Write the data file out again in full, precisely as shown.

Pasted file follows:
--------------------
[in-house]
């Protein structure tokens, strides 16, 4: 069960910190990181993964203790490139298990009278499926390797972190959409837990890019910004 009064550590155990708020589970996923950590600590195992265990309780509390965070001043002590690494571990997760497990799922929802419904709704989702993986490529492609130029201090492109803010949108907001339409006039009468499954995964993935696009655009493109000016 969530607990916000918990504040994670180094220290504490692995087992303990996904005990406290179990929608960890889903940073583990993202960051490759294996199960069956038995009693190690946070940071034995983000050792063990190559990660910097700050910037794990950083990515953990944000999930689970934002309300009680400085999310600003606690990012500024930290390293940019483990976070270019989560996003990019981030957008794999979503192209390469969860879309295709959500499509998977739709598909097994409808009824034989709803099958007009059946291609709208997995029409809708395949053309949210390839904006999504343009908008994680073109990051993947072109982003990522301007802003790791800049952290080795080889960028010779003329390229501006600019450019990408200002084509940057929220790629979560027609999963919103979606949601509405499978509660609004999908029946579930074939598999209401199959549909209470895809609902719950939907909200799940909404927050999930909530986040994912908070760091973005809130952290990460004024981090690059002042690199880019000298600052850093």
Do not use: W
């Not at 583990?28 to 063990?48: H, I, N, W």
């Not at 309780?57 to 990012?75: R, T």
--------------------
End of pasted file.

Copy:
[in-house]
């Protein structure tokens, strides 16, 4: 069960910190990181993964203790490139298990009278499926390797972190959409837990890019910004 009064550590155990708020589970996923950590600590195992265990309780509390965070001043002590690494571990997760497990799922929802419904709704989702993986490529492609130029201090492109803010949108907001339409006039009468499954995964993935696009655009493109000016 969530607990916000918990504040994670180094220290504490692995087992303990996904005990406290179990929608960890889903940073583990993202960051490759294996199960069956038995009693190690946070940071034995983000050792063990190559990660910097700050910037794990950083990515953990944000999930689970934002309300009680400085999310600003606690990012500024930290390293940019483990976070270019989560996003990019981030957008794999979503192209390469969860879309295709959500499509998977739709598909097994409808009824034989709803099958007009059946291609709208997995029409809708395949053309949210390839904006999504343009908008994680073109990051993947072109982003990522301007802003790791800049952290080795080889960028010779003329390229501006600019450019990408200002084509940057929220790629979560027609999963919103979606949601509405499978509660609004999908029946579930074939598999209401199959549909209470895809609902719950939907909200799940909404927050999930909530986040994912908070760091973005809130952290990460004024981090690059002042690199880019000298600052850093």
Do not use: W
């Not at 583990?28 to 063990?48: H, I, N, W």
């Not at 309780?57 to 990012?75: R, T």